Judaism is something that lives inside me as a moral compass, a connection to my family, but I’m not someone who goes to temple every Friday. I’m in an interfaith marriage, and there are lots of people who live more overtly Jewish lives than I do. Since I’ve had my kids, I’m much more active in the Jewish community. We take them to things like the Purim carnival. Part of my experience of being Jewish is that it’s a values framework for how I live, it’s a connection to my heritage that became much more of a priority once I had children and realized that I wanted to connect them to that heritage, too. That’s been a deeply fulfilling experience for me.
How has Judaism impacted your parenting?
One of the things I realized in becoming a parent is how ritual and tradition become much more important, but as a container in which to explore individual connection. I’m trying to create routine that brings Judaism into my kids’ lives, but I also want to do that as a guide and not a dictate for my children, so they can form their own relationship to the religion, the culture, and their sense of heritage. That’s the challenge—providing them with the framework, tools, education, and leaving enough space for interpretation. I believe that Judaism in particular and religions generally are at their best when they’re dynamic. It’s been a fun and interesting challenge for my husband and myself to find that sweet spot of providing them guideposts and an understanding of where they come from, while leaving them enough space to navigate the future on their own. So far Purim seems to be their favorite, since they got to dress up as bears and eat hamantaschen.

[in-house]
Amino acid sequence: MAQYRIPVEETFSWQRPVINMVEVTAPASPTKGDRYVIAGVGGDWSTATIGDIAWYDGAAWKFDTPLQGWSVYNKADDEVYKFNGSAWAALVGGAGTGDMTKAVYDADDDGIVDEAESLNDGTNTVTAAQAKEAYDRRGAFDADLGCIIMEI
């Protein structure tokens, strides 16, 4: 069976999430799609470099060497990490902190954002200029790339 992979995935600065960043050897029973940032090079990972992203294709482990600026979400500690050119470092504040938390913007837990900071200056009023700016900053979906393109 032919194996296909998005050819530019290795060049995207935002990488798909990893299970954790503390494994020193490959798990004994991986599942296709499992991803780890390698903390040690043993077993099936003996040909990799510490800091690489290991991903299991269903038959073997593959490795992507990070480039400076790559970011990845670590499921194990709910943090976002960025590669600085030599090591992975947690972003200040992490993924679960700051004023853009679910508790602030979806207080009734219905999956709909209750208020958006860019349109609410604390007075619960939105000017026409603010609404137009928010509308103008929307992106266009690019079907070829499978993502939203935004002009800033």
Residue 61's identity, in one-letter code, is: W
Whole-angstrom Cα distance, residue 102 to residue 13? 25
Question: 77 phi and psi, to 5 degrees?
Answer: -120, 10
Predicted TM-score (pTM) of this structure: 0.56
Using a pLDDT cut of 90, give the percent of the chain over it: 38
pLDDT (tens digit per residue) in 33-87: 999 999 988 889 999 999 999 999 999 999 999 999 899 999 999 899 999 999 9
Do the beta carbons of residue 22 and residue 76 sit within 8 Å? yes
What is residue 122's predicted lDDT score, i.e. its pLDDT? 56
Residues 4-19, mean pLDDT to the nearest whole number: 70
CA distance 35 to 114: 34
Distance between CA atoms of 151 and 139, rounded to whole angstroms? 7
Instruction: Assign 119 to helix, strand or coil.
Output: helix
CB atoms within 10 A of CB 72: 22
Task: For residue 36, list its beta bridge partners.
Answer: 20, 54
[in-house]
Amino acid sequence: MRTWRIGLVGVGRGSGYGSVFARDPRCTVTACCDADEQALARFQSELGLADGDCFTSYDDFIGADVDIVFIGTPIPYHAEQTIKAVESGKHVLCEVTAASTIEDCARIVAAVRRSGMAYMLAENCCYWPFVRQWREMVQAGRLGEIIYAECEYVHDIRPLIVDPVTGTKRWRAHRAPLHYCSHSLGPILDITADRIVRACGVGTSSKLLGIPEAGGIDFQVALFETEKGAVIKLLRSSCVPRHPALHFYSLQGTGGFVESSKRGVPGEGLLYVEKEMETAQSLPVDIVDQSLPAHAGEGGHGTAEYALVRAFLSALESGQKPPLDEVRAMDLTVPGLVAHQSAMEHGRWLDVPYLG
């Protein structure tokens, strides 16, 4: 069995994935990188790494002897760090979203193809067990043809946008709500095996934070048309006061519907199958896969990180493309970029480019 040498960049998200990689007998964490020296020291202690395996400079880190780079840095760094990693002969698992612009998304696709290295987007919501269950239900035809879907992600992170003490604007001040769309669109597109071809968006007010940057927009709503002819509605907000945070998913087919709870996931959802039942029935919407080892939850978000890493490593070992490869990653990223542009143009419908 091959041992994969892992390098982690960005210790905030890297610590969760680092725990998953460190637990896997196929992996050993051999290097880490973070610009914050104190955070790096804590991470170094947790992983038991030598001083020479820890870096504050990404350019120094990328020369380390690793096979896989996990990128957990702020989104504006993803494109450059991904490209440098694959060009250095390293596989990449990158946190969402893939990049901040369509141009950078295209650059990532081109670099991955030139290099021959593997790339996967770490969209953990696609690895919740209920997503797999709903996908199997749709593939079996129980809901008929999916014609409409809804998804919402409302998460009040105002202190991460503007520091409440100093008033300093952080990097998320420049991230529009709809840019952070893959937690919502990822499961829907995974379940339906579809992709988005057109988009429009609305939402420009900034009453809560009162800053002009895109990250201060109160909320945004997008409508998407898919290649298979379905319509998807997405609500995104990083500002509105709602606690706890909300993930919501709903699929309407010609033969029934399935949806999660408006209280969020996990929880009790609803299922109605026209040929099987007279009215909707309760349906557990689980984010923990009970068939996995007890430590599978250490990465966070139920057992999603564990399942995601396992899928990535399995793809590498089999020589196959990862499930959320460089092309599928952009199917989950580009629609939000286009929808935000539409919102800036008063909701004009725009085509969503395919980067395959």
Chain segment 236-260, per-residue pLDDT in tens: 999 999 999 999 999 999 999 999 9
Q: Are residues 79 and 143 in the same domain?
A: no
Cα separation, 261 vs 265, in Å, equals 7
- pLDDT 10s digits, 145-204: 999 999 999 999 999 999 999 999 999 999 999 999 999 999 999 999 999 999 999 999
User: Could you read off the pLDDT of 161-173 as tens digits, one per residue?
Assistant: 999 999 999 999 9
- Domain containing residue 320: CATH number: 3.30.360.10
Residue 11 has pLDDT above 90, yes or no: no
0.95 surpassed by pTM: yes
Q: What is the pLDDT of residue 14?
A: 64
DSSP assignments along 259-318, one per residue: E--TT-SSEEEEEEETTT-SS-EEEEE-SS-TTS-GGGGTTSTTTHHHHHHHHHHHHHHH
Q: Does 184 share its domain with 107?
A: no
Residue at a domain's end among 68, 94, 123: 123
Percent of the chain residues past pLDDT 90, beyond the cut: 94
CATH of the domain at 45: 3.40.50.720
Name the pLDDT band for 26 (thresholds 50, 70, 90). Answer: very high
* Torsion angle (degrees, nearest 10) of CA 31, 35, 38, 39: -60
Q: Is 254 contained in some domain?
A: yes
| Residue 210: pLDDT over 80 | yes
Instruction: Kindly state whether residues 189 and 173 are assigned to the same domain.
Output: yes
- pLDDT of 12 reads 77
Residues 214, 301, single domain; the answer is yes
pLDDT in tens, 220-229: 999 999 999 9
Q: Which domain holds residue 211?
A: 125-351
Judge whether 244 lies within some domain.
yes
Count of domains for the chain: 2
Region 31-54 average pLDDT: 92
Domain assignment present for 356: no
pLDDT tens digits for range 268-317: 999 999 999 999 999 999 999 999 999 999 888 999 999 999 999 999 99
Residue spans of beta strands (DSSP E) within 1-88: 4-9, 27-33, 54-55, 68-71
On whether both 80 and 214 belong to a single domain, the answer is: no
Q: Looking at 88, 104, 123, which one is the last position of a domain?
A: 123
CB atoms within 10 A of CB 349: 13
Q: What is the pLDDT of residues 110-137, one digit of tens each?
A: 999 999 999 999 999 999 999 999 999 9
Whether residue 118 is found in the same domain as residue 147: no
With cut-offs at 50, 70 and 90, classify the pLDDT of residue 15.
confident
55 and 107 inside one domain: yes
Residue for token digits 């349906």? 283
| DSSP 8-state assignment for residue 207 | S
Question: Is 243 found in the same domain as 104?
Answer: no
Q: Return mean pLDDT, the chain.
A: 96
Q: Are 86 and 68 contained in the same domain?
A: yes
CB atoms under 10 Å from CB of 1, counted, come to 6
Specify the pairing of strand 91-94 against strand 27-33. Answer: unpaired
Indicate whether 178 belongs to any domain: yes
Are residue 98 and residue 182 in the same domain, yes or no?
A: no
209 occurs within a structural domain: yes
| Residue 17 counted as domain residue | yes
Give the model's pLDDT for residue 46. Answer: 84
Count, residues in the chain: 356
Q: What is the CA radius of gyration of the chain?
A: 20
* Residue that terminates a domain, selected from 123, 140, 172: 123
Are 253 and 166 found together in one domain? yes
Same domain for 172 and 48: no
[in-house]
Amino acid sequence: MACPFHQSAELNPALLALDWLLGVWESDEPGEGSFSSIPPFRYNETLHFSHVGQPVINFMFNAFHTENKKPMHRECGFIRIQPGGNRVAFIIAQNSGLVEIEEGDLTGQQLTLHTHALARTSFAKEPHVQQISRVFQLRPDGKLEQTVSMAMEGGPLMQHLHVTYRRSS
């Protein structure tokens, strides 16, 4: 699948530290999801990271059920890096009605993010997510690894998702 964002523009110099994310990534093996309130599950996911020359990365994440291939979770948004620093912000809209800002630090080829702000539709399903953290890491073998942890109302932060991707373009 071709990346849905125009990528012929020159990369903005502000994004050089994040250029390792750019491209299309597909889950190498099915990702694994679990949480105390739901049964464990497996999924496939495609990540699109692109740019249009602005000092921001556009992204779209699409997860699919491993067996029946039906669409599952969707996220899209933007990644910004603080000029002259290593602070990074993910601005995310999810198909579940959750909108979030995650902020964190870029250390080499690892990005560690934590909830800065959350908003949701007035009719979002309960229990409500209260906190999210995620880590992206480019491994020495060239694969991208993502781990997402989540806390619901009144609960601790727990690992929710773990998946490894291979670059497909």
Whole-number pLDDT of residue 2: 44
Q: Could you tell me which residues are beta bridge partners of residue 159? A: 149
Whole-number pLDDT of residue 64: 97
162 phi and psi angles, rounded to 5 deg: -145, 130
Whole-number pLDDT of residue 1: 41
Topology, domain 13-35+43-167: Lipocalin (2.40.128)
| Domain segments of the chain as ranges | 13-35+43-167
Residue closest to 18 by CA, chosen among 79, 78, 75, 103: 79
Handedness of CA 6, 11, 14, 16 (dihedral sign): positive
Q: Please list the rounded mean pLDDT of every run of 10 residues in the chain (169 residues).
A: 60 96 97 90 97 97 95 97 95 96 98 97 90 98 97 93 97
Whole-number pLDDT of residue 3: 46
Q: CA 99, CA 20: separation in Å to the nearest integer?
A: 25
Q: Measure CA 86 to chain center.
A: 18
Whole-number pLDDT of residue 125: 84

I can imagine that parenting twins, running one of the largest abortion rights organizations in the country, and fighting the Trump administration tooth and nail is like trying to do three fulltime jobs at once. When people talk about women in these situations, they often say, “she’s trying to have it all,” while for men, it’s just called life. What advice do you have for women who are trying to balance parenthood, work, and activism and face intense scrutiny for that?
I don’t think there’s such thing a thing as having it all in every moment. You can have pieces of it all at different moments. There are 24 hours in the day—our only job is to figure out what’s most fulfilling for us in carving out those hours. Whatever it is that makes you personally feel grounded, healthy, passionate, and excited, start there. Society tells us to put ourselves last. In my experience, while you can’t put yourself first every moment of every day, if we don’t put ourselves first as much as we can, we’re not good at work, we’re not good parents, we’re not good partners.
Ignore the judgment. There is no right way to do anything—there’s only the way that works for you. Give yourself permission to change—since what feels right today, this week, or this year may not feel right tomorrow, next week, or next year. There’s pressure to make a decision, stick with it, and project to everyone that it’s awesome. But it’s ok to have messiness in your life.